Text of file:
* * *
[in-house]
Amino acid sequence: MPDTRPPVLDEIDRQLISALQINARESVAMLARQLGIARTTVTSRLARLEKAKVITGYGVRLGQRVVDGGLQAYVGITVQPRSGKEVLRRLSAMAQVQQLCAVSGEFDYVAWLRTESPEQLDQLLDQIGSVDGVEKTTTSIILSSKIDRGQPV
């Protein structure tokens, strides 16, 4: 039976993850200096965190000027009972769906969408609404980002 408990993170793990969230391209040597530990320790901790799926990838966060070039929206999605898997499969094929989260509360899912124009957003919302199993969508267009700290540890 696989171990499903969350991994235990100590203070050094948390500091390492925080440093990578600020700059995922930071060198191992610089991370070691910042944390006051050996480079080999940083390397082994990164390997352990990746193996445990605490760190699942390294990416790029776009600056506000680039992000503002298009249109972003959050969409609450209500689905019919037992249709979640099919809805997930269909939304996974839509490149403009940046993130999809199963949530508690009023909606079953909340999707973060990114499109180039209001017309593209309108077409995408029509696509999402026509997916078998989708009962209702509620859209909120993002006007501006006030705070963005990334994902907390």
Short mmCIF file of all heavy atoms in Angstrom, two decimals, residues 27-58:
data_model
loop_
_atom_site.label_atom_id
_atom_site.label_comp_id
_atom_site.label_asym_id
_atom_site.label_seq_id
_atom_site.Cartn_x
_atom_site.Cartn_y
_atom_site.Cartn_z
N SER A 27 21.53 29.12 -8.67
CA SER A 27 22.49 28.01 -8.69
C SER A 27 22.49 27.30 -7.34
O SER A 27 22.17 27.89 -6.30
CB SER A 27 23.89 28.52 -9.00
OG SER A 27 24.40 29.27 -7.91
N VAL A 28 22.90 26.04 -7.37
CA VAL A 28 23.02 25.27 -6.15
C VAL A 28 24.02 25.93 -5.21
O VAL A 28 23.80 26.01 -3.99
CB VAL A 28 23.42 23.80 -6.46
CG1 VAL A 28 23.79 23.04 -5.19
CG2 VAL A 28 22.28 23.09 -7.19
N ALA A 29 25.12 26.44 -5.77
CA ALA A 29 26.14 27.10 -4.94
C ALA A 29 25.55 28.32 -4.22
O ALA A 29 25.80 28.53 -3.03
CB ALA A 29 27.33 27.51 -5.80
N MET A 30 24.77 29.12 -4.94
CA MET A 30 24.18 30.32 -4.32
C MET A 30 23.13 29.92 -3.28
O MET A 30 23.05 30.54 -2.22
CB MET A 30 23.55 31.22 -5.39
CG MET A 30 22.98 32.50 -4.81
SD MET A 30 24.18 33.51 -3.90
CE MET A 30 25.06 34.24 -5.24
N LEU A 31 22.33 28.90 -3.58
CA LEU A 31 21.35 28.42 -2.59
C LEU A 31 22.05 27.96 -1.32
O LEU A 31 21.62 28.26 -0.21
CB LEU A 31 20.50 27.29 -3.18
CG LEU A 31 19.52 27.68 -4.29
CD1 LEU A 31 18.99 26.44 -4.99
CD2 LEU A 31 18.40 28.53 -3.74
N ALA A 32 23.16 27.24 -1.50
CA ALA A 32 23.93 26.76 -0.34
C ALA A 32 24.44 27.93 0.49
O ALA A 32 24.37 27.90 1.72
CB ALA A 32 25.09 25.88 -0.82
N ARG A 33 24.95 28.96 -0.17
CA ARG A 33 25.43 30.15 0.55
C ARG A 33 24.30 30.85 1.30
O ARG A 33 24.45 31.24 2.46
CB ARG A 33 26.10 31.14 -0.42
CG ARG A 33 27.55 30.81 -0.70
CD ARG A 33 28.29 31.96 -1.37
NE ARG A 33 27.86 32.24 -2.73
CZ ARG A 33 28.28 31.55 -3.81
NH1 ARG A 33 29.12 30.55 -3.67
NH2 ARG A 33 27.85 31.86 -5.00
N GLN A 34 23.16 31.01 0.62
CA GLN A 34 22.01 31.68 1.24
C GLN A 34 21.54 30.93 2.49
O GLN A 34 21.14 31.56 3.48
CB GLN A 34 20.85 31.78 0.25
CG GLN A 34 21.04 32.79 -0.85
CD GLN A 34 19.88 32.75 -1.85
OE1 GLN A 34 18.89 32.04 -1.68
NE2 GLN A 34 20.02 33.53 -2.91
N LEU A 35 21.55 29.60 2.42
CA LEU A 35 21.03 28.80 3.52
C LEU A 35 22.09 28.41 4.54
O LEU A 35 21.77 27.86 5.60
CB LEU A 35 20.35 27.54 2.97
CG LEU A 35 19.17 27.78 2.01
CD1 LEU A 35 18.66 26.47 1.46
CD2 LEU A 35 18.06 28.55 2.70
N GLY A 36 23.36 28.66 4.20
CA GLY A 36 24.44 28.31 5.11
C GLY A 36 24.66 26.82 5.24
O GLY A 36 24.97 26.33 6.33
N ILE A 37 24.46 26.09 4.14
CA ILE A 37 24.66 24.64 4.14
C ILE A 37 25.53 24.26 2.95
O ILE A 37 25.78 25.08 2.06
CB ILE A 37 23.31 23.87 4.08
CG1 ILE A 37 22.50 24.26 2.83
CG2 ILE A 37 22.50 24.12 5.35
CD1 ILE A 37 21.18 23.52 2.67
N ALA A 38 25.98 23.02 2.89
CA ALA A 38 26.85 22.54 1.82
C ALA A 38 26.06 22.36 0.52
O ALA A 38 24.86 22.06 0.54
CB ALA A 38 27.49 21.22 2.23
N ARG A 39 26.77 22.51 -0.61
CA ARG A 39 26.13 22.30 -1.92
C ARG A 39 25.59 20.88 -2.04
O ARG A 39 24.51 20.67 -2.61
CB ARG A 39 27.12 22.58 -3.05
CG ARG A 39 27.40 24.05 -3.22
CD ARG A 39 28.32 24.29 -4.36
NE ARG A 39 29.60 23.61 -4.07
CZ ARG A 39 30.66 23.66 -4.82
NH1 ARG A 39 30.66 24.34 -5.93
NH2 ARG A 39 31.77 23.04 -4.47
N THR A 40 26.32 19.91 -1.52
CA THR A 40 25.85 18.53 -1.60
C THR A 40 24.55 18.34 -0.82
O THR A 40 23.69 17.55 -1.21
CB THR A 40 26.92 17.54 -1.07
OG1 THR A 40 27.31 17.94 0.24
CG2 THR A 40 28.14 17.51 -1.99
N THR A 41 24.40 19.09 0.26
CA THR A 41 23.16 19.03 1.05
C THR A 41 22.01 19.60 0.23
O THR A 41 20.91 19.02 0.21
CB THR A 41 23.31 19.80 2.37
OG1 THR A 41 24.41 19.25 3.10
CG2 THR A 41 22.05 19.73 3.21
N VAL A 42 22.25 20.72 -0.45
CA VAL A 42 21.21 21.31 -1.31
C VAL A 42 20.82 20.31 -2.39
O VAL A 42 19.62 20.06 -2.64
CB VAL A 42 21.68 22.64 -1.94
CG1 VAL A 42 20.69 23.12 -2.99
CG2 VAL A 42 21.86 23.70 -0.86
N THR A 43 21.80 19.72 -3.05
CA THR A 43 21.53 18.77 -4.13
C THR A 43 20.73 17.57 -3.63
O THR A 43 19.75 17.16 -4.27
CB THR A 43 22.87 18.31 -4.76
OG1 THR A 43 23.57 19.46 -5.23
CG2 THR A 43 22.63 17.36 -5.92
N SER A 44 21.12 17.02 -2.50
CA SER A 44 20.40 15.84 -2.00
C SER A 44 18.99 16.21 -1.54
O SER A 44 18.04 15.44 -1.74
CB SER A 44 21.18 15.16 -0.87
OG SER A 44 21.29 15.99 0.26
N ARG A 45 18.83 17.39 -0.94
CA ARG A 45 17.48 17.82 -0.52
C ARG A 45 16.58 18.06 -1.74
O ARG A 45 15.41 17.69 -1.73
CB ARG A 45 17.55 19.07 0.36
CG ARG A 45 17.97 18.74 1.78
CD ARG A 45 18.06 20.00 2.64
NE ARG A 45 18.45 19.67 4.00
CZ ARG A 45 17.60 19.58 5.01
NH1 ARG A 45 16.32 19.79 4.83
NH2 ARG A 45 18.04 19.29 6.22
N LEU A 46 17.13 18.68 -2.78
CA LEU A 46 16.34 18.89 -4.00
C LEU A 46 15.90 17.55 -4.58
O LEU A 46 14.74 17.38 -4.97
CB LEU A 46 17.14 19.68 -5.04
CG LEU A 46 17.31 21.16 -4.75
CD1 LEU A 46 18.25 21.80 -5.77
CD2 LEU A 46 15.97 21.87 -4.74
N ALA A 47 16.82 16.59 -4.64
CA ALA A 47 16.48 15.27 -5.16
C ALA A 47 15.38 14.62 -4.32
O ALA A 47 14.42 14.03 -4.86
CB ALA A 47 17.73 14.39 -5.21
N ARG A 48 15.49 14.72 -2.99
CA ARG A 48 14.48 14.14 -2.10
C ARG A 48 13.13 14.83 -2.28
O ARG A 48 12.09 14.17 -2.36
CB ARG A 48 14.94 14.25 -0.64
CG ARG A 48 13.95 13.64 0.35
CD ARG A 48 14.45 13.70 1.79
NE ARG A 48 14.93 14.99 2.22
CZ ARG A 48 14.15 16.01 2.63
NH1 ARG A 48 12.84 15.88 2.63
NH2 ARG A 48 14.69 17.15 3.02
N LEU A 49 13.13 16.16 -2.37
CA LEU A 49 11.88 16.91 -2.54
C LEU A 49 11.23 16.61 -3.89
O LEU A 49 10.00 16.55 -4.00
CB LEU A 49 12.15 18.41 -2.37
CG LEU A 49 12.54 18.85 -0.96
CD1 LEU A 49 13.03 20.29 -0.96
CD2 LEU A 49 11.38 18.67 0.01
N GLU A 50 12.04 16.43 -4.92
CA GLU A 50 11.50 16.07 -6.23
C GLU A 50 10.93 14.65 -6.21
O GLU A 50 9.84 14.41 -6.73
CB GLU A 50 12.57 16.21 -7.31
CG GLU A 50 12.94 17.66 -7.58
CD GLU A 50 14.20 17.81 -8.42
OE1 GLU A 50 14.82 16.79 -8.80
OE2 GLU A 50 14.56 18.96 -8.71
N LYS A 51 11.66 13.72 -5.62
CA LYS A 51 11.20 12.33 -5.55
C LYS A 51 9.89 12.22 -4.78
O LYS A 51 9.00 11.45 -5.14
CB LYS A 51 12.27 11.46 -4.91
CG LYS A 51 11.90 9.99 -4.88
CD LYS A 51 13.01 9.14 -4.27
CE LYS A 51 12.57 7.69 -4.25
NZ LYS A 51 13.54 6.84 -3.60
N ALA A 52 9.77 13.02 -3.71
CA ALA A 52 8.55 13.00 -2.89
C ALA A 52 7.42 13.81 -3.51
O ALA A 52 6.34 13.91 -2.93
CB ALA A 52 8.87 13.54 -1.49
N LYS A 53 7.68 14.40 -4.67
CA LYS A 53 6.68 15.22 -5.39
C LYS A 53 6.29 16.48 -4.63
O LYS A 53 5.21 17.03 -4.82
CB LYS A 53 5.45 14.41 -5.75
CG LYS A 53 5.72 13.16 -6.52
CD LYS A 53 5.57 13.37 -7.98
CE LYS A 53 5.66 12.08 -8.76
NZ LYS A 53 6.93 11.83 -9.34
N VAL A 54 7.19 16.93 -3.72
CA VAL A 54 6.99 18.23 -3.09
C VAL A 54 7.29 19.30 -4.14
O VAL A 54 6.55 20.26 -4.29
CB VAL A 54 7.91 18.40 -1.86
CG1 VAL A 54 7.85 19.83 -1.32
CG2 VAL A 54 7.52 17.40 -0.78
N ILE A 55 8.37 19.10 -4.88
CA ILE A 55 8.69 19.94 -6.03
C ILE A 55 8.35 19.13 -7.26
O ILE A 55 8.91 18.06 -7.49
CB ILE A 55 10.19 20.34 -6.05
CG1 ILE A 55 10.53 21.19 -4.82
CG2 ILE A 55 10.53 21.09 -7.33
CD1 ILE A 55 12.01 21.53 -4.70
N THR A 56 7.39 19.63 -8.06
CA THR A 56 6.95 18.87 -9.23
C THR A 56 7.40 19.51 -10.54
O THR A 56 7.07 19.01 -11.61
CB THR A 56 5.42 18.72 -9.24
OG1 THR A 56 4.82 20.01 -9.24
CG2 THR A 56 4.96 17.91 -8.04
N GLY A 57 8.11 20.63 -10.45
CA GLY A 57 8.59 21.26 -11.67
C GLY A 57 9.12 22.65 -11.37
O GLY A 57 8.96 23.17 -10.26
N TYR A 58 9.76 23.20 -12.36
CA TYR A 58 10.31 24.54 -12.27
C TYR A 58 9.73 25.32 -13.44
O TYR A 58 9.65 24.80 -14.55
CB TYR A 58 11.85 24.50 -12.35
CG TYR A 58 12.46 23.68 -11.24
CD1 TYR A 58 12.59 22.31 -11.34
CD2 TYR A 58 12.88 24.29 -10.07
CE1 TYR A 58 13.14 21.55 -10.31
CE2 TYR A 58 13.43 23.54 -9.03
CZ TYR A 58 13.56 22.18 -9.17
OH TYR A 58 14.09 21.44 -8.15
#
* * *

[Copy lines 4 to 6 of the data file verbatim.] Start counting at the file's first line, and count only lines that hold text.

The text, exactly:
Short mmCIF file of all heavy atoms in Angstrom, two decimals, residues 27-58:
data_model
loop_